The concept of “overtime” in the U.S. has been around long before the term originated. As far back as 1890, average weekly hours for full-time manufacturing workers could be tracked as high as 100 hours. State and federal laws, worker rights groups, unions, and research on worker needs have all evolved tremendously since then. From the executive office to the front line, the need for stable and fair employee schedules with transparent overtime policies is no longer in question.
Shiftboard’s 2023 State of the Hourly Worker report highlights the heavy influence work schedules have on worker well-being, employee retention, and productivity. This latest research discovered that 82 percent of surveyed workers say schedule influence and control are extremely important to their job satisfaction, 40 percent even saying that they were willing to take a reasonable pay cut to have more control over their work schedule. Furthermore, 45 percent said they would likely leave their employer over perceived unfair scheduling practices.
However, in 24/7 large-volume workforces, fair and transparent scheduling is a complex process to manage, especially when it comes to overtime equalization.
What Is Overtime Equalization?
Overtime equalization is the practice of fairly distributing available overtime shifts throughout a workforce. Providing workers with fair and equal access is one of the most critical aspects of workforce scheduling. By eliminating errors and favoritism in overtime distribution, organizations can better comply with internal policies and agreements, maintain a more satisfied workforce, and prevent burnout and fatigue.
Although many union agreements outline overtime equalization policies, these guidelines are now becoming more common within complex industries in general. In 24/7 and mission-critical operations, overtime is often planned for and designed directly into shift patterns (i.e., the DuPont shift schedule). But overtime can be unplanned too, which adds a new level of complexity when it comes to on-the-fly decision-making around overtime assignments.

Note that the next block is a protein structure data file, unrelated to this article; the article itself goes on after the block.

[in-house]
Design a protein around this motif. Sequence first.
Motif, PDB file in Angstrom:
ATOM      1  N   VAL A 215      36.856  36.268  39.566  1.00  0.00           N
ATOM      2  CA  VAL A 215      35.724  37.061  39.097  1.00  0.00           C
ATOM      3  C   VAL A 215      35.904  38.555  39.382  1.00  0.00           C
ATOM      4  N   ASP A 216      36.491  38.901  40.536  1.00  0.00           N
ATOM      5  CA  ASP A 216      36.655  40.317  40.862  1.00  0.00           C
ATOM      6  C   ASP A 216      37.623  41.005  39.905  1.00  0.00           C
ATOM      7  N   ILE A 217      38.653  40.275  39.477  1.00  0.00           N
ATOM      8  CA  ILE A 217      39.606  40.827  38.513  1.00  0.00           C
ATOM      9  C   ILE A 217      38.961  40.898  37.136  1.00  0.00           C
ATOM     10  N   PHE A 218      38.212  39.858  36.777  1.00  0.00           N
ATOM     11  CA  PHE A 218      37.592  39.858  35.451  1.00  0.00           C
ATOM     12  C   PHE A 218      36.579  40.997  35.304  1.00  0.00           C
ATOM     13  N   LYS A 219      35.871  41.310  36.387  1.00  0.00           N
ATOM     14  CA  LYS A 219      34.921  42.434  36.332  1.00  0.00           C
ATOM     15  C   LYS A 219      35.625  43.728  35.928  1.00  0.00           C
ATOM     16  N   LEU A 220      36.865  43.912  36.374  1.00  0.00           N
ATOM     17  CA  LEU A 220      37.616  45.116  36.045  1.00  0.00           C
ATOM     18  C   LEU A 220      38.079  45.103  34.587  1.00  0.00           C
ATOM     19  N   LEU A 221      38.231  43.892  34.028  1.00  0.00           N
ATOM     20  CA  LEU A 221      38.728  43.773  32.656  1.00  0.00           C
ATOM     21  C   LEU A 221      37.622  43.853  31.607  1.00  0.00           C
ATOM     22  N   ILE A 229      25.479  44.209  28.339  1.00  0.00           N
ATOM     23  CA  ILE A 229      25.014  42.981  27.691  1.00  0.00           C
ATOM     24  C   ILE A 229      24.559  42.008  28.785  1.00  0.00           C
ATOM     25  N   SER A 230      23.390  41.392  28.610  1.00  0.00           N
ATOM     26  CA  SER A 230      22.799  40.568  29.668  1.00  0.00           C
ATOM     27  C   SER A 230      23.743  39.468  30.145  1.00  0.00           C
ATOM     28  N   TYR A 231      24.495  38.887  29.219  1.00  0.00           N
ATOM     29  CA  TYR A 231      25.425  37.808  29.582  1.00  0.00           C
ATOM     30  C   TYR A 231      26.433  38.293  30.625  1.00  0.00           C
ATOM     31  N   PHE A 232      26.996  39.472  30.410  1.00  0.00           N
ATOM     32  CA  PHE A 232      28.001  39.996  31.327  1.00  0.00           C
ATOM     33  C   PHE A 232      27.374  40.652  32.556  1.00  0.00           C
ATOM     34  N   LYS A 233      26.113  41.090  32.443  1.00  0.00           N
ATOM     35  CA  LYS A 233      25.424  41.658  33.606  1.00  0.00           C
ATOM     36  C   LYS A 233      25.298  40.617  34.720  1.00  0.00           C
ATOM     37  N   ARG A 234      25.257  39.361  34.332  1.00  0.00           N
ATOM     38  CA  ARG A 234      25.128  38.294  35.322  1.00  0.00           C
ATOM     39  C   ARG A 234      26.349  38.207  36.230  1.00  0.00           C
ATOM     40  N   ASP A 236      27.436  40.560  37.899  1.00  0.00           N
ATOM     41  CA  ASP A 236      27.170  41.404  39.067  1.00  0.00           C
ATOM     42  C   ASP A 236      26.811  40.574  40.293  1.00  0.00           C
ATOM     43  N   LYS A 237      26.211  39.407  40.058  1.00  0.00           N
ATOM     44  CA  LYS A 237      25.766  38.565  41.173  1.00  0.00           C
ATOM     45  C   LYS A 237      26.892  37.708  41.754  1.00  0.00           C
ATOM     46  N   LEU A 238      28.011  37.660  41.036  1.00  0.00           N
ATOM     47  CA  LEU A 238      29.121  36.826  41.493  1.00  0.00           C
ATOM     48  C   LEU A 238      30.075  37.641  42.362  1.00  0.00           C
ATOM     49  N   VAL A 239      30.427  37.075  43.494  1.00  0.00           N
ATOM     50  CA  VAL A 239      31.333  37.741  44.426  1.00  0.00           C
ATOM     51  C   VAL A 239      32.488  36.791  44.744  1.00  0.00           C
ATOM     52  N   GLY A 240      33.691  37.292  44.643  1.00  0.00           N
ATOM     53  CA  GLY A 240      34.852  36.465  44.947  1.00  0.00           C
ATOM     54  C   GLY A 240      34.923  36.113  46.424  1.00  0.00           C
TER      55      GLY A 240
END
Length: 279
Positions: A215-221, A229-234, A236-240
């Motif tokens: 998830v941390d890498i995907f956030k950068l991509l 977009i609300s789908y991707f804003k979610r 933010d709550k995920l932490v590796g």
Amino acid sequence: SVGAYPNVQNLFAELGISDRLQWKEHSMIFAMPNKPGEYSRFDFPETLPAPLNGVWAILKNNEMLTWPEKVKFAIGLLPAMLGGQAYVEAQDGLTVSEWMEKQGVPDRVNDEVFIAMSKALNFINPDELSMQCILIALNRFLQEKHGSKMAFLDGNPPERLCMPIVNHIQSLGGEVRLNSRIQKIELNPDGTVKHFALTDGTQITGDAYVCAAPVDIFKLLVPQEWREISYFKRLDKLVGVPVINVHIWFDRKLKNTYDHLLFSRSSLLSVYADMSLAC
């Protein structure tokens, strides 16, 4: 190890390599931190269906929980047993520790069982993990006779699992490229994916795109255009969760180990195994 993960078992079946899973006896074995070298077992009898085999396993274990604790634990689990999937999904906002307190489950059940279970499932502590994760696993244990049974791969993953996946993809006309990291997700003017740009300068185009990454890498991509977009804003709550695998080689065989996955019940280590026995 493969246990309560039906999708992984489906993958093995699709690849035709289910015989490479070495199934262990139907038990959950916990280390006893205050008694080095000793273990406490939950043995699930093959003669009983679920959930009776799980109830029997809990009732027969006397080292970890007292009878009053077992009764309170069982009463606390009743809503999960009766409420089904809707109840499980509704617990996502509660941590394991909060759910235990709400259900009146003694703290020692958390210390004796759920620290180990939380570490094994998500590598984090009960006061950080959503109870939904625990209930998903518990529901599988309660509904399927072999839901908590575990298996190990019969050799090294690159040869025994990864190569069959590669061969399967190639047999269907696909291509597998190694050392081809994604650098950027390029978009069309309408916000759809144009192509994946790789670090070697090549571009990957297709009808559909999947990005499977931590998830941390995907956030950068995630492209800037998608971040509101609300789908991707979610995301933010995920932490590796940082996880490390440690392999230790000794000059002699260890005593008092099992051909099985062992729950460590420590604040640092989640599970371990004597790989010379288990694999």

As overtime plays a more frequent role in keeping operations running smoothly, employee job satisfaction can suffer — a factor industries impacted by the ongoing labor shortage can’t afford to ignore. But overtime can also be a huge win-win for employers and employees. Shiftboard’s 2023 State of the Hourly Worker report revealed that 90 percent of shift workers are willing to work overtime, as long as it’s optional. Understanding fair shift distribution and implementing a process to ensure equal access to (and assignment of) overtime hours is crucial to this win-win: doing so safeguards workforce morale and retention and boosts shift coverage.
The Challenges of Overtime Equalization
The burden of offering workers fair (equal) access to additional shifts falls on scheduling managers. They must manage complex overtime rules and processes and track and update a multitude of work stats and preferences for each employee. Rules might also be governed by specific workflows within a CBA or other organizational policies. Sorting criteria for determining overtime equalization is wide-ranging and may involve:
- Overtime hours balance
- Overtime refusal hours balance
- Worker OT preference
- Last date overtime was worked or refused
- Seniority by company, plant, or unit
- Year-to-date hours worked
- Pay period hours worked
- Job classifications
- Pre-defined employee rotation order
Performing this kind of sorting process using manual tools is tedious and error-prone due to the volume of the ever-changing data. When errors impact employees, grievances can result. If the worksite is unionized, stewards may launch an investigation to help resolve the matter.
In these situations, it is imperative to have an audit trail that either proves overtime assignments followed guidelines or explains the rationale for exceptions. Manually tracking the schedule history takes diligence and time. Yet, without a complete audit trail to back up scheduling decisions, disputes can lead to monetary penalties and negatively impact job satisfaction.
How Technology Can Help
In today’s climate, scheduling complexity only continues to grow. Dynamic operations with changing business goals, industry regulations, and worker expectations call for intelligent, adaptive solutions. Today’s automated workforce scheduling and auditing tools empower organizations to address employee inquiries quickly, and back up scheduling decisions with confidence.
Shiftboard sets itself apart with superior OT equalization mechanisms that help organizations alleviate the intense manual data sorting required for overtime equalization. With intelligent workforce scheduling software, organizations can tailor-fit employee schedules to match their internal workflows — all while ensuring the fair distribution of overtime hours. Our highly configurable solution can help you meet coverage around the clock and achieve better efficiencies no matter how complex it gets.